Olds adages aren't always true. Take, "You can't teach an old dog new tricks," for example. Of course you can. It may take longer, and there may be more mishaps along the way, but I am here on my soapbox to say that it can be done.
Case in point: I prepared a rather wonderful dinner (even if I do say so myself) for Saint Paul (see previous blog) and his wife the other night. Forthwith, we shall refer to the saint's wife as Minneapolis.
Saint Paul and I both perform the lion's share of cooking in our households. I notice that this is a growing trend. I'm not sure if men are taking to the kitchen as a result of a spiritual urge to nurture or out of desperation to taste cuisine other than toast, crackers, and cereal. I leave that for each dear reader to sort out according to his or her situation.
I am rather a latecomer to the culinary scene, at least on the preparatory side of the equation, although I have been a prodigious and enthusiastic consumer for lo these many years. When life became kind enough to offer me the opportunity to do more of the things that I wanted, I found myself beginning to rifle through cookbooks. It must say something about my age when perusing Julia Child's delicacies appeals to me more than admiring the ample bounty of Miss October's provender, for example.
And so, I prepared my first full course meal for company the other night: perhaps my first full course meal for anyone. I usually content myself with cooking the main dish and letting all of the other consumables fall where they may. But, I laid out the whole enchilada, so to speak, for Minneapolis and Saint Paul the other night: soup as an appetizer, lasagna for the main course, and banana cream pie for dessert. By nature, I am somewhat self-deprecating, but I must concur with my guests that the entire repast was most excellent.
The kicker is that they were all light recipes. If you're willing to try, you will find all sorts of wonderful, light fare these days. But people are strange; they will compliment you on a meal: "That's the best phibberstrum that I ever had." When you tell them that it's light, healthy phibberstrum, their confusion becomes apparent as they can't help but blurt that they don't like low-fat cooking.
"But didn't you just tell me that was the best phibberstrum that you've ever had?"
"Yes, I did, and it was, but I don't like light cooking."
Is it just me ('me' is really supposed to be 'I' you know, but it sounds ever so poncey, and I therefore opt for bad grammar), or does the dear reader also detect the teeniest of brain malfunctions in the above converse?
I did mention earlier (about six pages ago you must be thinking by now) that there are pitfalls (or should I say pratfalls?) that result from the process of endeavouring to teach old canines fresh tricks. The other night, for example, the soup recipe called for a minced clove of garlic. No problem. It then called for a whole clove. No problem. Plop goes a whole clove of garlic into the pot. (You probably, dear reader, spot the difficulty already.)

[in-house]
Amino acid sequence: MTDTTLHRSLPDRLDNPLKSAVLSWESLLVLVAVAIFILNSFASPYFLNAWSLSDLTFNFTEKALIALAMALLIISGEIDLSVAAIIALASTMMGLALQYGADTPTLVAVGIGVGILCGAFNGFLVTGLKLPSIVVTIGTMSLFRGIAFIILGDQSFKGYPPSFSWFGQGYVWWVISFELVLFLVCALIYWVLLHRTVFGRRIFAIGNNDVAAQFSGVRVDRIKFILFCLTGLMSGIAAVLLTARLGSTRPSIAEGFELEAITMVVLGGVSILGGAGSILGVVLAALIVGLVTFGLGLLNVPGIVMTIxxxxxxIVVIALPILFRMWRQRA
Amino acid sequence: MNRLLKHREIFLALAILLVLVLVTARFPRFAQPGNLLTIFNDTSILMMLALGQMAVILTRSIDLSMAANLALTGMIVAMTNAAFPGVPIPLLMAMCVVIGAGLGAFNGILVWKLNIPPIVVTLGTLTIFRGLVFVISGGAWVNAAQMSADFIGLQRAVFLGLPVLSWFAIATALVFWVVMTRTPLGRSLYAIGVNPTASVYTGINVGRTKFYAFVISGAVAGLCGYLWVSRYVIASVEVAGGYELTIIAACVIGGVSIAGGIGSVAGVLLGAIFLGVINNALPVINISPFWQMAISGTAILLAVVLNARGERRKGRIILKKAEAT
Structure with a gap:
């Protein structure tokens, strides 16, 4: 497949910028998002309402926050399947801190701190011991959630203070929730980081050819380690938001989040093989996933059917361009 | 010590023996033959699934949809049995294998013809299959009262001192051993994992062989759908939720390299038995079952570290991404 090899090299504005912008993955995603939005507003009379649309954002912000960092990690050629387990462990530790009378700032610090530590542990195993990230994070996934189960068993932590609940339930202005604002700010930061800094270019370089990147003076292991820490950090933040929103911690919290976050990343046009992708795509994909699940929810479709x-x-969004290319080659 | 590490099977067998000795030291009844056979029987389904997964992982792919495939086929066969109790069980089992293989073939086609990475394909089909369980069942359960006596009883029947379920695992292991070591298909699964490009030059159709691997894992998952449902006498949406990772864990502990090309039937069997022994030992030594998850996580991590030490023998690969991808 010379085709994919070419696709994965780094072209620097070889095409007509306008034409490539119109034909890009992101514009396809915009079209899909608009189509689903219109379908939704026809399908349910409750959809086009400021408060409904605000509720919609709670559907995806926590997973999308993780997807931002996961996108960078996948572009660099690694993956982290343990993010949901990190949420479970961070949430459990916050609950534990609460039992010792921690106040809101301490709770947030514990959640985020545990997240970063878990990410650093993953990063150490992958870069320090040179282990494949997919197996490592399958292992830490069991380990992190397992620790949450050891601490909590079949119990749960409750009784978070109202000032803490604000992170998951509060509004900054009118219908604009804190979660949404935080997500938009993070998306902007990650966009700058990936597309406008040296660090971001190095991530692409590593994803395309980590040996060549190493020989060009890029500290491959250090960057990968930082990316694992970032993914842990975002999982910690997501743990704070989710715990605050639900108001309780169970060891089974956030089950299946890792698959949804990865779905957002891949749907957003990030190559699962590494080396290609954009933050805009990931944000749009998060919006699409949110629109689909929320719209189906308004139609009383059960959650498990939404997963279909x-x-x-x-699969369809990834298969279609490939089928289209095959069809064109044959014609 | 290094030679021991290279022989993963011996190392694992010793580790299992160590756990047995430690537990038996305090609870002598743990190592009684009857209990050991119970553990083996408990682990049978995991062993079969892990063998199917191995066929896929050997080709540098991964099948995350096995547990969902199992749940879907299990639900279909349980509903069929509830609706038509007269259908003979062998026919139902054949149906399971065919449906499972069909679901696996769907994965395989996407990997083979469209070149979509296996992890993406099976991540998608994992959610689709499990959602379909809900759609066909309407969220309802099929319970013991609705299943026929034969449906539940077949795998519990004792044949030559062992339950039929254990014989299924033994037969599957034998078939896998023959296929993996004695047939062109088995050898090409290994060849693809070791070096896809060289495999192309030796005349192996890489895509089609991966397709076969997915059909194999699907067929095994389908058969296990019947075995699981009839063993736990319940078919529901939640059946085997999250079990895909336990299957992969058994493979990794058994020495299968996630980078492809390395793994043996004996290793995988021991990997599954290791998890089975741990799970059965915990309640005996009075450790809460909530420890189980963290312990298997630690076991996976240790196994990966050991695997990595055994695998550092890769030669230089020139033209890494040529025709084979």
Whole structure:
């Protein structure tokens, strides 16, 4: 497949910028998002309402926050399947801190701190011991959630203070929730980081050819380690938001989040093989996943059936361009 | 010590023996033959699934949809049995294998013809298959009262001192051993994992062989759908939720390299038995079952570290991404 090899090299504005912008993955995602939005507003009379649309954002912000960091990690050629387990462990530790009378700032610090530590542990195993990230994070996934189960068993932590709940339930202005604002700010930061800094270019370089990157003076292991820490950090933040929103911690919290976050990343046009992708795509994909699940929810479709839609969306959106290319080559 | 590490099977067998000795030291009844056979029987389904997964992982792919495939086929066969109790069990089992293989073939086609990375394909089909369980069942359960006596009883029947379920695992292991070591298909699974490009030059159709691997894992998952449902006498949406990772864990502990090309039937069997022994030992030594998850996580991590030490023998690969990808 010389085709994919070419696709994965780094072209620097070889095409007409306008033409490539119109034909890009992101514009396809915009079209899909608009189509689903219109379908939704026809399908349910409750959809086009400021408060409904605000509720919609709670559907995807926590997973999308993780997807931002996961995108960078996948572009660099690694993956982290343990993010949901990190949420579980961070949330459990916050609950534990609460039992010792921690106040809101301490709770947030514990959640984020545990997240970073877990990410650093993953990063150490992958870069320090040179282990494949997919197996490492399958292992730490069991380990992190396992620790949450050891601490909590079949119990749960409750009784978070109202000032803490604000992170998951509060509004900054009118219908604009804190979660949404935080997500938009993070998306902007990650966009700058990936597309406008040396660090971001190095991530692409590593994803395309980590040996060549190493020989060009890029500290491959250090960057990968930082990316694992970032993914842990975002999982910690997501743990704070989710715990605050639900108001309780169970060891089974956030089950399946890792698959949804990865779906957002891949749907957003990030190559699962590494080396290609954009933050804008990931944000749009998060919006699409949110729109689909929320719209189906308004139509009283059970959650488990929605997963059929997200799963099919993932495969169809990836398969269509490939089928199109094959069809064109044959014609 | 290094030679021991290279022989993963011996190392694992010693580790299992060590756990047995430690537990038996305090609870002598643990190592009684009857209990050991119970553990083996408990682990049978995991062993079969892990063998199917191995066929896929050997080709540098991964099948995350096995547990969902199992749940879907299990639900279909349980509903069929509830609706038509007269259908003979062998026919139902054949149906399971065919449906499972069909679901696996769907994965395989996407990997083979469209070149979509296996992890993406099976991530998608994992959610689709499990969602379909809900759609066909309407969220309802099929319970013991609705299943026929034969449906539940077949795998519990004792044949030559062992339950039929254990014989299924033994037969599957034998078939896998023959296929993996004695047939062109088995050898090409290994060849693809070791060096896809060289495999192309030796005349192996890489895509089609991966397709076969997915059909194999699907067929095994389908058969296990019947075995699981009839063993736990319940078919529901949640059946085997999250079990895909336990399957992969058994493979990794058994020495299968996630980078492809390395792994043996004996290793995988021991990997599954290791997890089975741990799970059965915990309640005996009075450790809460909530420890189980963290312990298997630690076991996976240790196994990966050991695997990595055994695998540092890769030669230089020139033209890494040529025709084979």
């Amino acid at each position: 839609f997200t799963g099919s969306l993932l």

When it was soup, so to speak, I asked my own dear wife, who prefers not to be named after a city, so we'll call her Louisiana, what to do with the whole clove of garlic. Should I remove it from the mixture before blending, or should I just chuck it in the blender along with all of the other cooked ingredients? Poor Louisiana looked rather perplexed for a while. After some cogitation and poring over the cookbook, my beloved pronounced me mentally deficient and, before my startled eyes, held up a clove. I now know that there are cloves of garlic and there are cloves — period. Happily enough, despite my gaffe, the end product was quite scrumptious.
There also springs to mind one of my earliest attempts in the kitchen. A certain recipe, which time has mercifully erased from my diminishing memory banks, called for six green onions. So, I began to chop ... and I chopped. I chopped while Louisiana got ready to go out somewhere and was still chopping furiously when she reappeared all ready to eat supper before going out. When I say furiously, I admit to having become a trifle testy about the whole ordeal. In fact I was on the edge of rebellion as I surveyed my mountain of onions, vowing: "By gum, I'm taking a stand; I'm going to make do with just five onions. Take that, Julia!"
It was then that Louisiana explained to me the nature of green onions as opposed to cooking onions. Louisiana just loves to tell that story. Over and over to everyone she meets. In fact, she has a lot of good stories featuring this poor sod who is neither state nor city but sometimes feels like the village idiot.
Granted, my feeble attempts at humour might not seem so uproarious by morning light, but I'm actually quite serious about the central tenet: that we can and indeed must always keep striving in this life. That doesn't always entail embracing new hobbies such as breeding kittens, knitting doilies, or enrolling in arcane courses, but it does mean that we need to maintain and expand our interests. Living is a process after all, and we humans harbour an innate need to keep processing our brains in some way. We must go forward because, when we try to stand still, we inevitably slip backwards.